The documentarian is to be praised for trying to round out the perspectives. There are interviews with both miners and police officers recalling the day, as well as some of the women who also worked in subsidiary jobs at the pit, such as the canteens, joined picket lines and, of course, supported their families. The men talk about how strange it was that they were welcomed by police, little realising at the time that around 6,000 police officers had been drafted in, including horseback police and dog units.

As the strikers give first-person testimony of what happened to them on the day, the case made by the media, Thatcher and police chiefs at the time is also presented. This makes it possible to see the discrepancies between the spin and the reality. The police chief claimed the police were merely responding to attacks by the miners but the footage shows aggression by officers, some charging on horsebacks, others deployed with small shields and batons to subdue violence that wasn’t much in evidence. One miner outlines how tooled up the cops were, noting that all they had, by contrast, was “shorts and a T-shirt”. The brutality of the day brought 95 arrests - in a case which would later collapse for many of the reasons this documentary presents in detail.

Gordon takes his time. The pace is measured and the score from Tim Atack avoids any bombastic ramping of the mood. It’s not needed since the miners’ testimony is perfectly able to convey the terror of that day and the trauma of the strike more widely. Again, Gordon gives them time to respond, waiting for testimony as some become choked up with emotion, rather than simply rushing on to the next talking head. While this will find plenty of resonance with those who remember the period, it is also a comprehensive guide for those who don't.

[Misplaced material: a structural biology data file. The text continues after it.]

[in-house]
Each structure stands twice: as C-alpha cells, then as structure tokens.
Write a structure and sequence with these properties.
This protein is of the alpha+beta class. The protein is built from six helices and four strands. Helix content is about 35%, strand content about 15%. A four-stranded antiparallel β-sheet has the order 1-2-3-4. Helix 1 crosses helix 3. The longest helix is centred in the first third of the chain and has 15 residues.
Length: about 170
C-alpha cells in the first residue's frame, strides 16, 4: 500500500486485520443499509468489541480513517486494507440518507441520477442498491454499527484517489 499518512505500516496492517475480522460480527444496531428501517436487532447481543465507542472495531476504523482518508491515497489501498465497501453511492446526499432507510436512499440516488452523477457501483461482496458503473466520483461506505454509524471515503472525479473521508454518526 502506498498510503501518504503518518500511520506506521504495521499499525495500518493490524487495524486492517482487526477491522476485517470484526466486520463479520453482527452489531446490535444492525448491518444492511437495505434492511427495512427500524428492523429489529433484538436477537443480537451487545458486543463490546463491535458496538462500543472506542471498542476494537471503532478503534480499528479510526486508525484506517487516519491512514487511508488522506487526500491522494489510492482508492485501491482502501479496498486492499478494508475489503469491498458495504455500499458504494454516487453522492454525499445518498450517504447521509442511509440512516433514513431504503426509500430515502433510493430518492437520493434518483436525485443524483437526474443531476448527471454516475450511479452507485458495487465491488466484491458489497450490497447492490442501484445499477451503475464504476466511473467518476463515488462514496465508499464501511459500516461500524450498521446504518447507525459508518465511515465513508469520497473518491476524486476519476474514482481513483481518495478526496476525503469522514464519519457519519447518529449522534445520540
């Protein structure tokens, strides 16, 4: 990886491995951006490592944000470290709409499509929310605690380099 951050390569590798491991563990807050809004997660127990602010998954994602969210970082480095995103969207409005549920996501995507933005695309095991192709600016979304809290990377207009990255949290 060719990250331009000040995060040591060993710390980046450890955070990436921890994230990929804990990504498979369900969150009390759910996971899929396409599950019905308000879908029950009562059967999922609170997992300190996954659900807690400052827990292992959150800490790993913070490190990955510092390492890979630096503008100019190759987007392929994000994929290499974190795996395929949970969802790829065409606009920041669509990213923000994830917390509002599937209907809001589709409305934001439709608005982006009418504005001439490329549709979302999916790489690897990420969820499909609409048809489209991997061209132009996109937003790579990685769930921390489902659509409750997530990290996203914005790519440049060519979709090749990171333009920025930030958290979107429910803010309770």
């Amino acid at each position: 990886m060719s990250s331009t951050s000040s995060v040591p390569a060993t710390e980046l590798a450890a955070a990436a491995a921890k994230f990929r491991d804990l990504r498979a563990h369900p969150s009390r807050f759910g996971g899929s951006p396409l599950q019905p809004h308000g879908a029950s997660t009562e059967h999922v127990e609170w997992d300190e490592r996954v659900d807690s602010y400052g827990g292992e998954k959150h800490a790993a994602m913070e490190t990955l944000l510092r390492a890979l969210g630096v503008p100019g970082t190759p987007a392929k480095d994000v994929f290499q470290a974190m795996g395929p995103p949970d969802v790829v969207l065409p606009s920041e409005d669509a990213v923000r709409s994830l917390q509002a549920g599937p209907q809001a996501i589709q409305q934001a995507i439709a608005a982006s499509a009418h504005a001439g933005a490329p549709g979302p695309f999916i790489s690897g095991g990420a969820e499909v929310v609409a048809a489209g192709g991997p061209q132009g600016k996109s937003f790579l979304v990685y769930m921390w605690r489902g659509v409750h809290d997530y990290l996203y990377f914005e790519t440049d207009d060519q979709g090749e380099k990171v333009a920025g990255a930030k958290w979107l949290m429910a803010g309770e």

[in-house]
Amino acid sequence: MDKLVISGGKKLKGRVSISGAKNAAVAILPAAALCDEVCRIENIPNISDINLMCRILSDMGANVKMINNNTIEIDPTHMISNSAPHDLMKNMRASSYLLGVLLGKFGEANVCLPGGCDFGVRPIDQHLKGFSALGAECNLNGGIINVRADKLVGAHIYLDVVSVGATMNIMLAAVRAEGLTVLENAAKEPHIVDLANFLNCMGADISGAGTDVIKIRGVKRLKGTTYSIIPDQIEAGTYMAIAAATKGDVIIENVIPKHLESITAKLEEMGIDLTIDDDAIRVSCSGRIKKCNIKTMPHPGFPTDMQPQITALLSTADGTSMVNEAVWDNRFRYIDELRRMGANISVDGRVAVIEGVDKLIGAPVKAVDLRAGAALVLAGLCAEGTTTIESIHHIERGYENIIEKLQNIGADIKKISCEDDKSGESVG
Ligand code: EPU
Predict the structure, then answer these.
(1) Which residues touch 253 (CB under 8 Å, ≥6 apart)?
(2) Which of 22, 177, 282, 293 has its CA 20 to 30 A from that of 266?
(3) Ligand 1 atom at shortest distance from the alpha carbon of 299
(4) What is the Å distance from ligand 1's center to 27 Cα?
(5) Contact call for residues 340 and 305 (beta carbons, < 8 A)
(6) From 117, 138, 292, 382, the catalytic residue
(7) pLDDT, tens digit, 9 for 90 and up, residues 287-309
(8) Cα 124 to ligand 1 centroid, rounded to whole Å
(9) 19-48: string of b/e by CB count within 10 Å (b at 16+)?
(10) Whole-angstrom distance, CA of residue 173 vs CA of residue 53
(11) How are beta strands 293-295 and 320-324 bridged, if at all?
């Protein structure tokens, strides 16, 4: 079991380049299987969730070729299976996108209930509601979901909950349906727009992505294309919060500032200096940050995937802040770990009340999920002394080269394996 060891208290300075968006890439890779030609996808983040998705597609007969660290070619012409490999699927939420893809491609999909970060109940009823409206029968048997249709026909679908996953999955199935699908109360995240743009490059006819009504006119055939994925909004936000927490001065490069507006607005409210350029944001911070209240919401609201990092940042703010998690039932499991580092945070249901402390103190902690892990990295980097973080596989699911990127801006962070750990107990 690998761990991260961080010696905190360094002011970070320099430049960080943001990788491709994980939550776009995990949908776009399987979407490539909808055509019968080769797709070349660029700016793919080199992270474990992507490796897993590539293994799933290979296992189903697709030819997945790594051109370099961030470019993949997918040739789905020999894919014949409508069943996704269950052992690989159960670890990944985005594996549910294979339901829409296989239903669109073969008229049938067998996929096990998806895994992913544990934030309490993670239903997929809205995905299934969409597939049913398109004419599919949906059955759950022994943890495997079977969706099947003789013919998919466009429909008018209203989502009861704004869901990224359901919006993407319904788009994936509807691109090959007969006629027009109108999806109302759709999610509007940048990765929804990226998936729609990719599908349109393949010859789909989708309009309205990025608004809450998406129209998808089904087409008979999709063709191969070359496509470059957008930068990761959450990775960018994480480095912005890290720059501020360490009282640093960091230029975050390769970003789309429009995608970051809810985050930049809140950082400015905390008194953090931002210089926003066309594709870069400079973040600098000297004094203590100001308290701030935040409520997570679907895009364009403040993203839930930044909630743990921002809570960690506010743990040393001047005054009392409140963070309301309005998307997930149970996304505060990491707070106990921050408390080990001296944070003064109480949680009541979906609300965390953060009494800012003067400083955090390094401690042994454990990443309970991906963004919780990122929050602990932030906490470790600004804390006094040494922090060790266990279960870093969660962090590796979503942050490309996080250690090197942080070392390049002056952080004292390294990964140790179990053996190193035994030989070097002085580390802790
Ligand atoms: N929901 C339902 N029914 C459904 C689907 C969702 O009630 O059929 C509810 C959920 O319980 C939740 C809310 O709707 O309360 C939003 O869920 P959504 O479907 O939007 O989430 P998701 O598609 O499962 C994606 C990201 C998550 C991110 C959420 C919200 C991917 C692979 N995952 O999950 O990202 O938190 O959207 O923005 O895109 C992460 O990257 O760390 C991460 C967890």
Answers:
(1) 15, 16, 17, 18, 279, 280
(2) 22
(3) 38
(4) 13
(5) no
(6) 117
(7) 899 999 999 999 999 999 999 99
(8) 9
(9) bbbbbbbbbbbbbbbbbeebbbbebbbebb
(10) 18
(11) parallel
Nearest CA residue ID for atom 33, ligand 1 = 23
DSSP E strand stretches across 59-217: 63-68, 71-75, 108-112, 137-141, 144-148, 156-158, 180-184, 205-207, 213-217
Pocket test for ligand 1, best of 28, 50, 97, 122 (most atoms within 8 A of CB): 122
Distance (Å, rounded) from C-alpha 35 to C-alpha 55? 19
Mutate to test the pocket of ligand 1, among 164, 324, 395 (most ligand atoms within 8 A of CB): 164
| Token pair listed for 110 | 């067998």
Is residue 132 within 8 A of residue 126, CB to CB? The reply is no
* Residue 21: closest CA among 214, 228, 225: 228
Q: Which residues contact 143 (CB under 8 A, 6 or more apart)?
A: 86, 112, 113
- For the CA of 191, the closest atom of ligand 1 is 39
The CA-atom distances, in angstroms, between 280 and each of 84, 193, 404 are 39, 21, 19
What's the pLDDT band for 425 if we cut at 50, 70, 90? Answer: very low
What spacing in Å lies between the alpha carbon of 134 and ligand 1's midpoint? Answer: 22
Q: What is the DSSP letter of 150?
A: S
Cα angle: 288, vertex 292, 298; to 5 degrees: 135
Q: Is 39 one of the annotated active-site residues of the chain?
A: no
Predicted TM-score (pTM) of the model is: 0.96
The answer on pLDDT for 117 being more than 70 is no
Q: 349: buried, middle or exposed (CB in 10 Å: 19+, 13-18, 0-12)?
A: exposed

As Gordon considers the aftermath of Orgreave, there are also detailed recollections of the splitting of communities and families as a result of some opting to return to work and becoming branded “scabs” for life. Equally, those miners who stayed out when others went back, reaped the whirlwind once the strike finally ended.

Beyond the poignancy of what is being recalled, is a more scathing judgement of the politics behind it all. Journalist Nick Jones acknowledges that the Tories were allowed to lead the narrative that the media followed - although he also notes that NUM leader Arthur Scargill’s judgement was also flawed in this regard. When Thatcher talks about “the enemy within”, it’s hard not to hear the echoes in much of the current right-wing rhetoric concerning the right to protest. Answers are still sought over Orgreave, with Labour recently pledging it will hold an inquiry if elected. This hard-hitting film suggests it would most certainly be in the public interest.

Reviewed on: 18 Jun 2024
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Strike: An Uncivil War packshot
The Battle of Orgreave, recounted by those who lived through it, is contextualised through the history of the British mining union and a government that was hell-bent on breaking it.

Director: Daniel Gordon

Year: 2024

Runtime: 110 minutes

BBFC: 12 - Age Restricted


Doc/Fest 2024

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If you like this, try:

The Big Melt
Today We Live